by cheri sabraw
Today, many of us still maintain and adore our libraries full of hard-bound and paperback books, testaments to classes we have taken, reminders of our deep and abiding interests and loves, literary tickets to those unspoken desires or journeys we have imagined.
One hundred years from now, our libraries may become historical curiosities– old friends that have disappeared into the annals of time, like my hot hair rollers, tiny 1963 transistor radio, 45 rpm record of Leslie Gore’s It’s My Party , or the red rotary telephone that hung like a piece of modern art on the floral wallpaper that decorated our kitchen in 1960.
I have a virtual library on my iPad, with all of my purchased books–histories, mysteries–congeries of my deepest interests and a few wild stories that no one knows I am reading.
Take heart. We are not the only people in history whose physical libraries have changed.
Last month, while visiting the British Museum, I came upon this installation, right after seeing the Rosetta Stone, Were you to have visited King Ashurbanipal’s library in ancient Nineveh (Upper Mesopotamia, today’s Iraq) in about 640 BCE, this is what you would have seen.
In his library was one of the complete sets of the Epic of Gilgamesh, twelve tablets written in approximately 1800 BCE and considered by many to be the first important work of literature.
I read the Epic of Gilgamesh as part of my Master’s curricula in 2009 and summarized, on this blog, just part the strangely modern story. If you are interested in reading all of it, I recommend this translation.
“The story that is now playing in my imagination was first written sometime between 1800-1600 BCE. That’s about 3800 years ago.
That it showcases a handsome king, that this king misdirects his passions, that he suffers a deep emotional crisis which sends him on an archetypal journey in search of immortality, that he returns to his city a wise but lonely character— reinforces our humanness.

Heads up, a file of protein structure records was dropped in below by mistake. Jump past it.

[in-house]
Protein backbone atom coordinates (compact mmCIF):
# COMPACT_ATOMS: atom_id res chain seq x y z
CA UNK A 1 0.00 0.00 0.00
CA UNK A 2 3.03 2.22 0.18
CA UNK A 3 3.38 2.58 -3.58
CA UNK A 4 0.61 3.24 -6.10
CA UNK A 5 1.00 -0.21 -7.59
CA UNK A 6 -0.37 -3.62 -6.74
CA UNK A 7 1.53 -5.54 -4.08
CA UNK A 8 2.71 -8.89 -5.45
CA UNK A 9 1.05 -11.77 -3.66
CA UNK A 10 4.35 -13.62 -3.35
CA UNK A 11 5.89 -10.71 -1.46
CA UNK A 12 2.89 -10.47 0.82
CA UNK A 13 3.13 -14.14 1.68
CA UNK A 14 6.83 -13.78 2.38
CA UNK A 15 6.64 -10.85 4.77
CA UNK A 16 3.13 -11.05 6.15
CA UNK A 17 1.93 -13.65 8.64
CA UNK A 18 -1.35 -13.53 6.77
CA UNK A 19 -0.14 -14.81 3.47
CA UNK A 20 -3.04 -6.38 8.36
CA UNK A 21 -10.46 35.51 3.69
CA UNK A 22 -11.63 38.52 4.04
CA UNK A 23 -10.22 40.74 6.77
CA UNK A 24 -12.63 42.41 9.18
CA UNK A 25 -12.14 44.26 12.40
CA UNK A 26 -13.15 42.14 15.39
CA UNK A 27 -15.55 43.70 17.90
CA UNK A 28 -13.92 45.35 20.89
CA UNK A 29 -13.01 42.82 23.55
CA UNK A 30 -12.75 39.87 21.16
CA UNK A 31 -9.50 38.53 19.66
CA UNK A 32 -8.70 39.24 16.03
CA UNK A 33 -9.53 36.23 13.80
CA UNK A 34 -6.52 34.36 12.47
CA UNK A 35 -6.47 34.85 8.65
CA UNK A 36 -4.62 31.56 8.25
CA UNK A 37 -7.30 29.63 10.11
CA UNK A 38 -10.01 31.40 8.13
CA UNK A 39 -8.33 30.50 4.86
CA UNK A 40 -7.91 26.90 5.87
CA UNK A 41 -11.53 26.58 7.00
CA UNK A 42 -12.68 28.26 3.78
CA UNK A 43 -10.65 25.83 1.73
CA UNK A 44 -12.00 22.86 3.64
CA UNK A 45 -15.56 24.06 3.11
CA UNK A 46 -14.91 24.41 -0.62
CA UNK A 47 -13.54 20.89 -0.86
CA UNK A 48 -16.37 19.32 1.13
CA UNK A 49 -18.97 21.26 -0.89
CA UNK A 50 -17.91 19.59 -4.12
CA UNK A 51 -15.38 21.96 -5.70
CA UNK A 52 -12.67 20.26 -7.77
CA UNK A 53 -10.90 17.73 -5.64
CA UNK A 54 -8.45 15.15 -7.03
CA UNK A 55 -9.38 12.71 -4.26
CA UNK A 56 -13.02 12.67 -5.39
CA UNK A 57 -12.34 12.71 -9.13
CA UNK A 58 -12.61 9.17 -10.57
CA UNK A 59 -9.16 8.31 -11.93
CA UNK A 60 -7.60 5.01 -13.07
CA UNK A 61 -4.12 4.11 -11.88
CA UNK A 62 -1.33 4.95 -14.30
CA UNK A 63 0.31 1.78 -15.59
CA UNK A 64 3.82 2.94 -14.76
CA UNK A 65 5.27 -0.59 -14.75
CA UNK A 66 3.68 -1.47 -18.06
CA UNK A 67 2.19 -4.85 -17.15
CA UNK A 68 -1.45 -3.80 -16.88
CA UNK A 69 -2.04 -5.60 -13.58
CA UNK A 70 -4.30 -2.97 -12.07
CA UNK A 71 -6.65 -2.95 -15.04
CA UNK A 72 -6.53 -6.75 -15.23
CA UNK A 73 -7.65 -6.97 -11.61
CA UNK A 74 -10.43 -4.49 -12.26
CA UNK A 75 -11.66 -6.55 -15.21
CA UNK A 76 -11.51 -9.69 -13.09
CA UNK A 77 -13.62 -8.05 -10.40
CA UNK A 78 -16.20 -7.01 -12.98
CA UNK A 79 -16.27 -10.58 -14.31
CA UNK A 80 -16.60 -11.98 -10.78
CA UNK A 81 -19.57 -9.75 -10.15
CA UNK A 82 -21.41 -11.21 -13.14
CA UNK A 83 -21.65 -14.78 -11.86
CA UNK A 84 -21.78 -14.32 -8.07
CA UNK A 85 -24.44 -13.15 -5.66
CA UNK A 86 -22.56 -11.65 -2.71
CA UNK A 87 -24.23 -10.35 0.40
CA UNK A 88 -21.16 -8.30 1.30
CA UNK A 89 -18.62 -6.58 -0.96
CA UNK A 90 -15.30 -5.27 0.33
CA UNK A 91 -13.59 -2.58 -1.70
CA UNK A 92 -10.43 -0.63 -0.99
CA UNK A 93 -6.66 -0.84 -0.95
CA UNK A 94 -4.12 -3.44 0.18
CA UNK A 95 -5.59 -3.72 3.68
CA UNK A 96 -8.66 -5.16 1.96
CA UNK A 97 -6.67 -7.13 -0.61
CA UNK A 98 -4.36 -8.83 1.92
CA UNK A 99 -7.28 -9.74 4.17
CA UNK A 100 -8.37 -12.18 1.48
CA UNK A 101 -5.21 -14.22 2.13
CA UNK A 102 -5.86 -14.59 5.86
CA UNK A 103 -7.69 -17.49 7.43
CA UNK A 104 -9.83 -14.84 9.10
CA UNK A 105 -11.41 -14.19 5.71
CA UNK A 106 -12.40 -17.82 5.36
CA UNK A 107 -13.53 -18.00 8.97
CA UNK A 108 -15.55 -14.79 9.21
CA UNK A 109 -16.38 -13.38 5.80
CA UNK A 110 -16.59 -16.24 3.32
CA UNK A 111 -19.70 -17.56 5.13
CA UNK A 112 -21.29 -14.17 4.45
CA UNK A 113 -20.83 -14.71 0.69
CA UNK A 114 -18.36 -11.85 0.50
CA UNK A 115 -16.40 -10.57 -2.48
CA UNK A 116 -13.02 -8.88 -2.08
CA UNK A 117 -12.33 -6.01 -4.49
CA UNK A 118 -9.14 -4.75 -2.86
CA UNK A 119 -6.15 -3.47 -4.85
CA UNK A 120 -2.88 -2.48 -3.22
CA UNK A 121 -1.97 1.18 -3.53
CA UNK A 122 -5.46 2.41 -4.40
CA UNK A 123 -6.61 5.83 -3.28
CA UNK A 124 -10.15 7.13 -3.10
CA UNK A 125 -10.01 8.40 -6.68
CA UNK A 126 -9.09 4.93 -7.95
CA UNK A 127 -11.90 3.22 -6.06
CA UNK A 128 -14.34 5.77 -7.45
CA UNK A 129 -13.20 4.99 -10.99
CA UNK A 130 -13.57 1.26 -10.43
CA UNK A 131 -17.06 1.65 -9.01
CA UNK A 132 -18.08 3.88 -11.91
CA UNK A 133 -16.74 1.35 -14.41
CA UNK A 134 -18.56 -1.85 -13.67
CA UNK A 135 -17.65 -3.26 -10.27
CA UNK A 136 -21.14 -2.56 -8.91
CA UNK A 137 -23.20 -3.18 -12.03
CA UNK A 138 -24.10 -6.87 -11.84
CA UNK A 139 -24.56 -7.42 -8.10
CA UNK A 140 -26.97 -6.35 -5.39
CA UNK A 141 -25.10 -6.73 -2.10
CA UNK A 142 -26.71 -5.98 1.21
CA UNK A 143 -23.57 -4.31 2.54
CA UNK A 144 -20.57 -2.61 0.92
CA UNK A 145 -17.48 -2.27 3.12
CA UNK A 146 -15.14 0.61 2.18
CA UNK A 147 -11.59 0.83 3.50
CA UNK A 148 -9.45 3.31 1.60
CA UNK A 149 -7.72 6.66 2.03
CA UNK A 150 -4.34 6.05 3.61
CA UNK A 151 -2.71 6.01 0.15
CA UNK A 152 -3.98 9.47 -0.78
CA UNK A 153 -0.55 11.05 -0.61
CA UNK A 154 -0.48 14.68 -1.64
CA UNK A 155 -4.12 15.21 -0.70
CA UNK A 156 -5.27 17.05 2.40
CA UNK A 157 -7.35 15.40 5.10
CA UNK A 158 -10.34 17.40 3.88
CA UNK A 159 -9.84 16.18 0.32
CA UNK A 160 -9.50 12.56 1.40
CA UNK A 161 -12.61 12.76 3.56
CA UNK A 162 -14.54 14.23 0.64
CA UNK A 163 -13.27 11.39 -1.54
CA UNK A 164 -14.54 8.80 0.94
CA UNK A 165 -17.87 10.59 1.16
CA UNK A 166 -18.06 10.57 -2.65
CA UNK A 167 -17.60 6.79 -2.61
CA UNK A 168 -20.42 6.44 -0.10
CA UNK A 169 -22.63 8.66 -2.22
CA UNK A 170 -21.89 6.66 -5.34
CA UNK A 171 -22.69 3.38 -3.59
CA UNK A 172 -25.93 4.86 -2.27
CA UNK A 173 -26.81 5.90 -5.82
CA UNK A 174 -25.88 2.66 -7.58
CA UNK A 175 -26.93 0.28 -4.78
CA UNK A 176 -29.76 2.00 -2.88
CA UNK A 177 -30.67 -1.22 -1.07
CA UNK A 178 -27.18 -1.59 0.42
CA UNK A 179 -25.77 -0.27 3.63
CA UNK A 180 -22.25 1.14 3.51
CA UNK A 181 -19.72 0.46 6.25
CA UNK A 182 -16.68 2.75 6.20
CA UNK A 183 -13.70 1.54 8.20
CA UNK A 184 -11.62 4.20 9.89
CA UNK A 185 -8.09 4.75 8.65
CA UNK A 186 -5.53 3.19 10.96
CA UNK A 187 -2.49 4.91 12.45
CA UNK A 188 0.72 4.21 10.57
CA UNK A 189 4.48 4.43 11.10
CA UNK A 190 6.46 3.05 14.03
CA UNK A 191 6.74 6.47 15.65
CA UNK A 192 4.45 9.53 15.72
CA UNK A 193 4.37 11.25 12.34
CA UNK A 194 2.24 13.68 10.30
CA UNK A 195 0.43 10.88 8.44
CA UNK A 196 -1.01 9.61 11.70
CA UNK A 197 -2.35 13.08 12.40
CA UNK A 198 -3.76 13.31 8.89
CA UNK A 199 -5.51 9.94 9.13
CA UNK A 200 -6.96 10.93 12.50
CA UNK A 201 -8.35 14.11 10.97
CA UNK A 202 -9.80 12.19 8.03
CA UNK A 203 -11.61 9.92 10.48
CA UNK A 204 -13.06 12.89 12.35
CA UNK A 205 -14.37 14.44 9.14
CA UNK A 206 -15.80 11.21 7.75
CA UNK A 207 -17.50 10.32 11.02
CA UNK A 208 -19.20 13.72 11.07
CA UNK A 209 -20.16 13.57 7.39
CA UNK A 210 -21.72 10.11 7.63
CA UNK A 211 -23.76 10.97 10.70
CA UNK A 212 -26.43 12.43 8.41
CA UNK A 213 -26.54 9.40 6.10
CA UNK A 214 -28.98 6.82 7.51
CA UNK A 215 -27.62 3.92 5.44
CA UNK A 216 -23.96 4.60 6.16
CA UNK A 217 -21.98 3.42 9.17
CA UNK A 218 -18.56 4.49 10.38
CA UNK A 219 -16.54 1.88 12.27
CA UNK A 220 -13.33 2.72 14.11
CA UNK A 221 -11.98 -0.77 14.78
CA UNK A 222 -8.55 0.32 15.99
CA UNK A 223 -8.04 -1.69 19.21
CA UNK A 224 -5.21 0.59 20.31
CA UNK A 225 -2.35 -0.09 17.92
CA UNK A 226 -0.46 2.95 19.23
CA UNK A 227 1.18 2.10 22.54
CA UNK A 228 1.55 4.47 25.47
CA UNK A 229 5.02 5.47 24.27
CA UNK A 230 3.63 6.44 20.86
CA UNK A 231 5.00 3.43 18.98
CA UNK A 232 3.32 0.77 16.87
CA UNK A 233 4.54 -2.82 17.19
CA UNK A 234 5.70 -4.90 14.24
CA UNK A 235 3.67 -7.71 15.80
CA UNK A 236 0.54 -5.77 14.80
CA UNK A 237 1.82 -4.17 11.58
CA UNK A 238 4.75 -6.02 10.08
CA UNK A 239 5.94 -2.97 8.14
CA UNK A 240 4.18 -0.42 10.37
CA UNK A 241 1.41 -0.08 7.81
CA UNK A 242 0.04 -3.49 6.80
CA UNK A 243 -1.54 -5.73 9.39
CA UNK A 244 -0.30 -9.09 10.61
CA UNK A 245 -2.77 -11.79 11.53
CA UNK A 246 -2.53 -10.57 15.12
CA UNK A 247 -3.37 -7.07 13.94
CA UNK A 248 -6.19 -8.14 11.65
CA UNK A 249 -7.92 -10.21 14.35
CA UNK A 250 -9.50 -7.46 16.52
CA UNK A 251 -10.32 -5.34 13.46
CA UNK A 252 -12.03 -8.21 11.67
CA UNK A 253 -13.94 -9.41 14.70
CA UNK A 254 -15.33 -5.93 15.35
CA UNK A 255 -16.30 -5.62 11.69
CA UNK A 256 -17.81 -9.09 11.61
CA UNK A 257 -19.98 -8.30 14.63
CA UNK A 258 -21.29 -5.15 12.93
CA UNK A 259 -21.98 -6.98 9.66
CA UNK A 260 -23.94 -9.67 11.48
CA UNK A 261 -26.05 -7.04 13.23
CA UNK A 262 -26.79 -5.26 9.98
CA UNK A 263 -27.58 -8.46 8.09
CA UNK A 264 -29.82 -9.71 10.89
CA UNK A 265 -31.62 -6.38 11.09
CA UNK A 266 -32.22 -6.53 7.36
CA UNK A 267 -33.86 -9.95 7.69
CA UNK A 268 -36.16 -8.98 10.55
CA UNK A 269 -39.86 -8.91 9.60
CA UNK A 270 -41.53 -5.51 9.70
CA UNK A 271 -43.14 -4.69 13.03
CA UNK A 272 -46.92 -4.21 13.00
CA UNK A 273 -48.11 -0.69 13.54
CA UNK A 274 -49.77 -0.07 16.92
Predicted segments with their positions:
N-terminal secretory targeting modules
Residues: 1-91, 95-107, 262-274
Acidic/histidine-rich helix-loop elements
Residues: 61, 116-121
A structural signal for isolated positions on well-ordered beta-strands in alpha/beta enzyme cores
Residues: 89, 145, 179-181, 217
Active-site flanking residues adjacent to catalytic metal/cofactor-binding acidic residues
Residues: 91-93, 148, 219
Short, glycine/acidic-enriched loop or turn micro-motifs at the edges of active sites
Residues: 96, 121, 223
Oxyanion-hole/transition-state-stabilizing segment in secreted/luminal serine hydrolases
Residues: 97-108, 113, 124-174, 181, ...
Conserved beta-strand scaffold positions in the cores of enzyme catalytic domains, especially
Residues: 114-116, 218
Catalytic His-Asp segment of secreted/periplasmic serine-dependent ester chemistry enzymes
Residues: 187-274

The king’s name is Gilgamesh. He was a real person who lived during the Early Dynastic II period (2700-2100 BCE) in the city of Uruk in Sumer, the earliest known civilization in human history.
The Epic of Gilgamesh is an old poem written on clay tablets in cuneiform a long time ago— before the Hebrew Bible, before the New Testament, before the Bhagavad Gita, before the Buddhist scriptures, and before Homer’s The Odyssey.
Archeologists found the twelve-tablet story in the Library of King Ashurbanipal (668-627 BCE)
First translated into English in 1885, the Epic was written in the Mesopotamian language of Akkadian, one of the languages spoken in Ancient Babylonia, now present day Iraq.
The King Gilgamesh in the poem is a mythological one, 2/3 god and 1/3 human.
As with most who enter or are born into public service or royalty (think the Windsors, the Roosevelts ), Gilgamesh has, in modern parlance, issues.
He suffers from what many of today’s teenagers and 20-somethings expect: instant gratification. But hey, he’s a studly king, admired by Ishtar, the Love and War Goddess. He erects monuments, participates in contests of strength, and regularly sleeps with virgins the night before their weddings.
He has it all. All except friendship and perspective.
Instead of inflicting him with a venereal disease or a vulnerable spot that is his undoing, as with the Greek Achilles or the biblical Samson, the Mesopotamian Gods put their heads together and with a big Marine oorah, and came up with what might be one of the most creative solutions in all of literature: they create a complement to Gilgamesh, the Wild Man of Mesopotamia, Enkidu.
Enkidu is Rousseau’s man: a natural guy, comfortable running with gazelle and resting by cool watering holes. All eight pistons are operational but his brain power is simple and functional. How to bring a guy like this to the palace for a visit?
In the forest one day, Enkidu startles a trapper, who then returns home to ask his father what to do about this hairy beast who is 2/3 animal and 1/3 man, a hybrid that has been setting the animals free from the traps.
The trapper’s father suggests that his son travel to Uruk where King Gilgamesh, the strong and virile, lives. Perhaps the King might have a solution.”
If you want to know what happens, you will have to read the story. Its modern implications are many.
My Library Project.
Is to organize my library alphabetically, by author. I think I’ll start this winter, when the skies turn grey, the days shorten, and when my natural inclination to ponder serious topics occurs.
This morning, I organized the library on my iPad by pressing a button.